October 12, 2003


Haroon Siddiqui has a readable piece in the Star today which at least gives us a starting point for any discussion of how serious the Canadian/terrorism nexus really should be taken.

Siddiqui's piece is biased, sure, but reasonably complete in its way. It would be foolish, to pretend that there are no Canadian Al Qaeda members or fellow travellers. There certainly are, and at least two remain at large today. None of the men listed in the piece are as clear-cut innocent as Bill Sampson was or the recently released Maher Arar seems to be. But the suspicion, and the reasonable course for Canadians to take in deciding whether to claim these men as our own, would seem to vary widely.

Siddiqui lists a lot of captured Canadians, held in various places in the world. It isn't explicit, but those he lists as held abroad basically break down into four groupings:

1) The Hezbollah engineer. Fauzi Ayub, a known Canadian member of Hezbollah, was arrested during an Israeli army sweep in Hebron in the summer of 2002, and is reportedly being secretly tried. Hard to lose any sleep over this one.

2) The Khadr family.. Two brothers, Omar and Abdul Rahman Khadr, of St. Catharines, Ontario, were captured in arms during the fall of Afghanistan. They are being held in Guantanamo. Their father, Ahmed Khadr al-Kanadi, is a terrorist financier affiliated with Al Qaeda, still at large, and wanted by the U.S. I am not wholly impressed with the Guantanamo situation, but if anyone deserves to be held there, it would likely be people like this. (The elder Khadr brother was held initially by the Northern Alliance, and reportedly tortured... it seems unlikely he would not have preferred a transfer to Cuba.)

3) The Jabarah family. A second pair of St. Catharines brothers were tangled up in Al Qaeda, too. Mohamed Mansour Jabarah, accused of plotting attacks for Al Qaeda in Singapore, disappeared into U.S. detention in May 2002... it's not quite clear where he is now (somewhere in the U.S., but not Guantanamo). His brother Abdul Rahman Jabarah, was reportedly involved in the recent Al Qaeda bombing in Saudi Arabia, and was apparently killed in a gunbattle there in July. If Jabarah ever got spat out by the U.S. security apparatus, extradition to face charges in Singapore would seem the most just outcome... not a return home to Canada.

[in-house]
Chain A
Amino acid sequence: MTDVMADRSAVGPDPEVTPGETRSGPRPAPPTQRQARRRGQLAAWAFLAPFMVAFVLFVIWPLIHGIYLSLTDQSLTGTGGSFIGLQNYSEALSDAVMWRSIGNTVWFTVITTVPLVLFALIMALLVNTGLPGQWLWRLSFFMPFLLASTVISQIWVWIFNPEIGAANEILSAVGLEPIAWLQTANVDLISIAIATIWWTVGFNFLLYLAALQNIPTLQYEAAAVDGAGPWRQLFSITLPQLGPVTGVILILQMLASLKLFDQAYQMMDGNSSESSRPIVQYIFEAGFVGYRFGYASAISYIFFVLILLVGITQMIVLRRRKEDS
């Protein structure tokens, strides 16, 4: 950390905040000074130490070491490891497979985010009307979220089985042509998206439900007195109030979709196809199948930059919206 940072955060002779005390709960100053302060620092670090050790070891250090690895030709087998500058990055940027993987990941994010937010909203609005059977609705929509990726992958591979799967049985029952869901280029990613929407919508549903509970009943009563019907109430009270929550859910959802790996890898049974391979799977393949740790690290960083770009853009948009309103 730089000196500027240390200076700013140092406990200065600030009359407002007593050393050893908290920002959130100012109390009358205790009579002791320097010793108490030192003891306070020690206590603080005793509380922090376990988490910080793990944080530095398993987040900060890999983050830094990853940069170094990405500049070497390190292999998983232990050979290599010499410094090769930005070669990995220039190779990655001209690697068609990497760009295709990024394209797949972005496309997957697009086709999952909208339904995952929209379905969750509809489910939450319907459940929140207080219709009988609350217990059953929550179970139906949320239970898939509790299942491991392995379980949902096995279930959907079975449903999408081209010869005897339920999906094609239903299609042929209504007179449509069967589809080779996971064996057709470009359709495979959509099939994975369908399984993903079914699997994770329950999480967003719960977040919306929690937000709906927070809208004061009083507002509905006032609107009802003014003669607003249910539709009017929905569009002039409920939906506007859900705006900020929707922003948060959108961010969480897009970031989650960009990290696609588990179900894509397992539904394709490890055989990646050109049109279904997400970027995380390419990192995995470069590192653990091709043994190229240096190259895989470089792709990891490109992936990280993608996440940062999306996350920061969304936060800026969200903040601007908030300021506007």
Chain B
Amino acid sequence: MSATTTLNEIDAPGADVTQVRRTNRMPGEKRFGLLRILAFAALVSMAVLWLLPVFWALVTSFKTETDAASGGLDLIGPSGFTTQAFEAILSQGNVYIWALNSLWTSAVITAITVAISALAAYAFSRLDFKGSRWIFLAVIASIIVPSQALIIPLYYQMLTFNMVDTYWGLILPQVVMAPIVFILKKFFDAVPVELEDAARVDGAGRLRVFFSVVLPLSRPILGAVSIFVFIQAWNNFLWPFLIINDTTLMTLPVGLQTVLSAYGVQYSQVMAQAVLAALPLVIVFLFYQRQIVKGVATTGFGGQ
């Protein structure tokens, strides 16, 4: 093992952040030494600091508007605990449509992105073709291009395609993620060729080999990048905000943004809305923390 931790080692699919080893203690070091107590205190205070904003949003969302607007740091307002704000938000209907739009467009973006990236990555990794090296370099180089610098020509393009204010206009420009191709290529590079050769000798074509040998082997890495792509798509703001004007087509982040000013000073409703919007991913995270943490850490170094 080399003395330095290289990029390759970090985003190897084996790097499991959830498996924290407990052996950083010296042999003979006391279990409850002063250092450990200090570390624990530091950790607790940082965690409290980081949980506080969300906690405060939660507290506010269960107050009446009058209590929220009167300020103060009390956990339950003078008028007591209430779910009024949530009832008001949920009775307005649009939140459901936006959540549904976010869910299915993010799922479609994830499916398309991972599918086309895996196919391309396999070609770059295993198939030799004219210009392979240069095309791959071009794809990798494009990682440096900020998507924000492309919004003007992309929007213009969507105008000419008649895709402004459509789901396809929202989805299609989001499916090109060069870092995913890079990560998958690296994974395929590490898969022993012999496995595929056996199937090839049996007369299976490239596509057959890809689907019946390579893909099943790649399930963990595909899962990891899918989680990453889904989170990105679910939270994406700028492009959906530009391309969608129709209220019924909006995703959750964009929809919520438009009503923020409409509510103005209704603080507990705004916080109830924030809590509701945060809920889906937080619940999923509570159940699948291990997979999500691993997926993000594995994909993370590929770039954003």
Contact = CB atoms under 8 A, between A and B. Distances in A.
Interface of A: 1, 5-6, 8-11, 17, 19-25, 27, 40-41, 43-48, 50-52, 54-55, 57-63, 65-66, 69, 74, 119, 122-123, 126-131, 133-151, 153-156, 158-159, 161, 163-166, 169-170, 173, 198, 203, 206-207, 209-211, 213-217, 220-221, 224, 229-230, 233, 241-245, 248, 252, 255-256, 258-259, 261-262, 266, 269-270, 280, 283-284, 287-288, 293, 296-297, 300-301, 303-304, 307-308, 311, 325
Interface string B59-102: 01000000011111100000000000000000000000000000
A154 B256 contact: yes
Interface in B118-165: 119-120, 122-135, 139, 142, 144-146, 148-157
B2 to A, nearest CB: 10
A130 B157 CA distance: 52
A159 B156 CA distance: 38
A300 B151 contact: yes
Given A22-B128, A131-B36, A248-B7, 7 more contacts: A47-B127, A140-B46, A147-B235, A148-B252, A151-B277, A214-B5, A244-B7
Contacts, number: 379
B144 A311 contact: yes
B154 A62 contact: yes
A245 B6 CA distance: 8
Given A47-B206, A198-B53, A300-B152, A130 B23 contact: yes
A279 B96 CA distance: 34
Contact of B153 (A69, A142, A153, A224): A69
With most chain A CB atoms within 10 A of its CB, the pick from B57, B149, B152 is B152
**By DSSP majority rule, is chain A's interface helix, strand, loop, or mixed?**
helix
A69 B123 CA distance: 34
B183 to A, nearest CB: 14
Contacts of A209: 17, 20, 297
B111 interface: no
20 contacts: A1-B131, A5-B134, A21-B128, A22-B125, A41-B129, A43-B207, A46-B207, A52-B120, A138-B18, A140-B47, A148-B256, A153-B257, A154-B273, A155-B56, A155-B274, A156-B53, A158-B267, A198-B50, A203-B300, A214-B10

4) The Ottawa "cell." This is the interesting one. Four Canadians were arrested in apparent connection with each other while travelling abroad, and held in Middle Eastern jails. This seems to be the same group that Sy Hersh said had plotted a bombing on the American embassy in Ottawa. Three were Syrians from Ottawa... Abdullah al-Malki, Arwad al-Bouchi -- and the unfortunate Maher Arar, of whom we've talked before. Whereas Arar does not seem to have been in on the conspiracy, the first two seem to have been connected somehow with another Canadian, Ahmad Abou-Elmaati, on the FBI's watch list, who was also arrested and is now being held in Egypt. He in turn is the brother of Canadian Badr Abou-Elmaati, an Al Qaeda member on the FBI's most wanted list.

It's still pretty vague, but what seems to have happened here was Syrian-U.S. cooperation led to the rounding up of three of the four known conspirators. One of them then fingered the apparently innocent Arar, who went to the same mosque as the Ottawa pair... possibly to avoid torture, or to derail the investigators.

In this case, I have more sympathy with Siddiqui's point of view. The others were all Canadians, arrested abroad, in the midst of committing terrorist acts abroad. In this particular case, though, these were Canadians arrested abroad who were apparently plotting a terrorist act in Canada. Even though I suspect the legal remedies we have are woefully inadequate, I don't believe it's appropriate for Canadians to avoid dealing with our own problem children by acquiescing to their indefinite detention in some other country (basically now we're the ones who find their dual citizenship convenient, despite our anger that other countries ignored it in the Arar case). Ideally all three of these should be tried in Canada, and the fourth member, still at large, hunted down and tried too.

It's important to note that no one has yet made a convincing case that any of these groups was using Canada as a springboard for terrorist acts in the U.S. Surprisingly, the common border still seems to not be a terrorist entry point (probably, to be fair, because arrangements like the U.S.-Saudi "easy Visas" made using a third country to transit into the U.S. for Sept. 11 and other attacks superfluous). The only time that Canada seems to have been used as a way station was for the aborted 2000 attack on LAX, in which case the terrorist in question was actually *caught* at the border.

Siddiqui also mentions the 28 known Canadians and immigrants that have been held here in Canada. 23 of those are part of the much hyped immigration fraud ring, and are now in the process of being released or deported, never having been any kind of threat to anyone. The other five, not connected with the others, are being held here without trial on national security certificates. We'll talk about them another day.

Posted by BruceR at 10:15 AM


Won't somebody think of the philosophers?

Posted by BruceR at 02:45 AM


The NSC and State Department staffers were stunned to learn, for example, that the Pentagon, with the approval of the vice president, had flown controversial Iraqi exile leader Ahmed Chalabi into southern Iraq after Bush had opposed giving Chalabi special treatment.
--Washington Post, today

Posted by BruceR at 02:16 AM